mid-14c., "table especially adapted for convenience in reading or writing," from Medieval Latin desca "table to write on" (mid-13c.), ultimately from Latin discus "quoit, platter, dish," from Greek diskos (see disk (n.)).
The Medieval Latin word is perhaps via Italian desco. Used figuratively of office or clerical work since 1797. Meaning "a department responsible for a particular subject or operation at a large organization" is by 1918, probably earlier, though it is not always possible tell whether a literal desk is meant or not. Sense of "reception desk at a hotel, etc." is by 1963. Desk job, one that is done at a desk as opposed to at a work-bench or in the field, is attested by 1900; desk-work "work done at a desk" is by 1826.
Old English helpan "to help, support, succor; benefit, do good to; cure, amend" (transitive, class III strong verb; past tense healp, past participle holpen), from Proto-Germanic *helpanan (source also of Old Norse hjalpa, Old Frisian helpa, Middle Dutch and Dutch helpen, Old High German helfan, German helfen), a word of uncertain origin. Perhaps it is cognate with Lithuanian šelpiu, šelpti "to support, help."
The intransitive sense of "afford aid or assistance," is attested from early 13c. The word is recorded as a cry of distress from late 14c. The sense of "serve someone with food at table" (1680s) is translated from French servir "to help, stead, avail," and led to helping (n.) "portion of food."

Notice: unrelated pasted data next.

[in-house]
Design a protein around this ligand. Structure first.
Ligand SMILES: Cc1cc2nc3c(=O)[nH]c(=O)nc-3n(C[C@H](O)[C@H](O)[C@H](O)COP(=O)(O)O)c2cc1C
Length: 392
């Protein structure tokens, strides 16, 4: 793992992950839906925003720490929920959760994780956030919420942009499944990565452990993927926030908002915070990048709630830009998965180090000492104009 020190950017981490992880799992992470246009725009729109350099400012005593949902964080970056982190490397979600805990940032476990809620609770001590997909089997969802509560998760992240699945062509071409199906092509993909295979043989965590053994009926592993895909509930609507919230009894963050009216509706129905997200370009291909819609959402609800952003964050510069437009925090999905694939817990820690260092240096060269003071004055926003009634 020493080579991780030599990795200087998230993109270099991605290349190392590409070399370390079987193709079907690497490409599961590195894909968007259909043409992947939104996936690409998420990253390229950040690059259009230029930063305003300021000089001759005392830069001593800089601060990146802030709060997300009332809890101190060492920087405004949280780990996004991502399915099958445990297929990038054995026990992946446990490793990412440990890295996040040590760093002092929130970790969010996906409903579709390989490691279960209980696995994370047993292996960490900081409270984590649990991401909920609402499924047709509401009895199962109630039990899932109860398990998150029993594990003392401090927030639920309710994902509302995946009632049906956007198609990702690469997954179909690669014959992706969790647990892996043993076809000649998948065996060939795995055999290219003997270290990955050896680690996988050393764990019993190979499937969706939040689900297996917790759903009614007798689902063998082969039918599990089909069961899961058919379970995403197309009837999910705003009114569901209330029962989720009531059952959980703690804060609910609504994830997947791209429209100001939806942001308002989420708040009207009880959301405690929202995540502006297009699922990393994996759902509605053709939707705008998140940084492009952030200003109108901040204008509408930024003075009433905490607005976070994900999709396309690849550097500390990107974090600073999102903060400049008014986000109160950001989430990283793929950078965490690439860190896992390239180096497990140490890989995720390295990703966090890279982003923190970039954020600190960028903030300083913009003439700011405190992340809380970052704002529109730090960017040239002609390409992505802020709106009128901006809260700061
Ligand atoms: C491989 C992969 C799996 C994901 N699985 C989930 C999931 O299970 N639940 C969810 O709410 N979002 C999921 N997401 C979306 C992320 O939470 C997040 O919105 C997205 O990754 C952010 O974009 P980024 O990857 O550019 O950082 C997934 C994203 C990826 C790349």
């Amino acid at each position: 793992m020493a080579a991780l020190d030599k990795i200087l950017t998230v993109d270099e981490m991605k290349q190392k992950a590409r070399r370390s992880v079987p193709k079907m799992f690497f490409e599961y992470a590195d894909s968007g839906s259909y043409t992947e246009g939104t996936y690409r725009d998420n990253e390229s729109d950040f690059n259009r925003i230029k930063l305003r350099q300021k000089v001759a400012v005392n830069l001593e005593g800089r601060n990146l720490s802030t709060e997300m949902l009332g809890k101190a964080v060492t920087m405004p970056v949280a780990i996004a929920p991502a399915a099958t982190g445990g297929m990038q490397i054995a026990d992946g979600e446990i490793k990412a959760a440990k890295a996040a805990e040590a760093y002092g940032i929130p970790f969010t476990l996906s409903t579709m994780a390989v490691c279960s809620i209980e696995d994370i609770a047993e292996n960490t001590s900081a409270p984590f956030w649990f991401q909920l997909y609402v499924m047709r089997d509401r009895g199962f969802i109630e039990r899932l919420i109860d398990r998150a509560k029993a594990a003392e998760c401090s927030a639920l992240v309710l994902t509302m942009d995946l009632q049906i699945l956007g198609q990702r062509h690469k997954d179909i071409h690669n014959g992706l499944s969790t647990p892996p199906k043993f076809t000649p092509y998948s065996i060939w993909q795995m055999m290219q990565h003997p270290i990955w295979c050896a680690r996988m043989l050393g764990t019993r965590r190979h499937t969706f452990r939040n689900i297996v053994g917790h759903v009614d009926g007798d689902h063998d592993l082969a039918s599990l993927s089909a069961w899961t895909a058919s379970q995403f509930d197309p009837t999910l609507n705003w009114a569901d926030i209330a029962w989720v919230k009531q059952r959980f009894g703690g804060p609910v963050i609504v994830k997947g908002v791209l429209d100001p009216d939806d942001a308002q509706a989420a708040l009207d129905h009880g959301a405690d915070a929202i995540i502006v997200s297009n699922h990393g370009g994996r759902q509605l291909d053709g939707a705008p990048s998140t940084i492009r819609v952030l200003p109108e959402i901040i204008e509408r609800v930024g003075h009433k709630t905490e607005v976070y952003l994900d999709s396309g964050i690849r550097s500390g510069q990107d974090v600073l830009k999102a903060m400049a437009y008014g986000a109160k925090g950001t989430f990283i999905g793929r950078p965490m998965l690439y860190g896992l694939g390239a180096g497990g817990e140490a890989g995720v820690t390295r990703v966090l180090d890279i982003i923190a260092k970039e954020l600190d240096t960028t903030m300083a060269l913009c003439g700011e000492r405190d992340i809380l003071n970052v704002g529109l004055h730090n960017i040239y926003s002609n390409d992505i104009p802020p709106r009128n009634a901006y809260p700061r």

Help yourself as an invitation, in reference to food, etc., is from 1894. Related: Helped (c. 1300). The Middle English past participle holpen survives in biblical and U.S. dialectal use.
Old English help (m.), helpe (f.) "assistance, succor," from Proto-Germanic *helpo (source also of Old Norse hjalp, Swedish hjälp, Old Frisian helpe, Dutch hulp, Old High German helfa, German Hilfe), from the source of help (v.).
The use of help as euphemism for "servant" is American English, 1640s (originally in New England). Bartlett (1848) describes it as "The common name in New England for servants, and for the operatives in a cotton or woollen factory." Most early 19c. English writers travelling in America seem to have taken a turn at explaining this to the home folks.
A domestic servant of American birth, and without negro blood in his or her veins ... is not a servant, but a 'help.' 'Help wanted,' is the common heading of advertisements in the North, when servants are required. [Chas. Mackay, "Life and Liberty in America," 1859].
But help also meant "assistant, helper, supporter" in Middle English (c. 1200).
Bureau desks being the common furniture of offices, the meaning expanded by 1720 to "office or place where business is transacted," and by 1796 to "division of a government." Meaning "chest of drawers for clothes, etc.," is from 1770, said to be American English but early in British use.
fem. proper name, from Greek opheleia "help, aid," from ophelein "to help, aid, assist," ophelos "advantage, help," from PIE root *obhel- "to avail" (source also of Armenian avelum "increase, abound").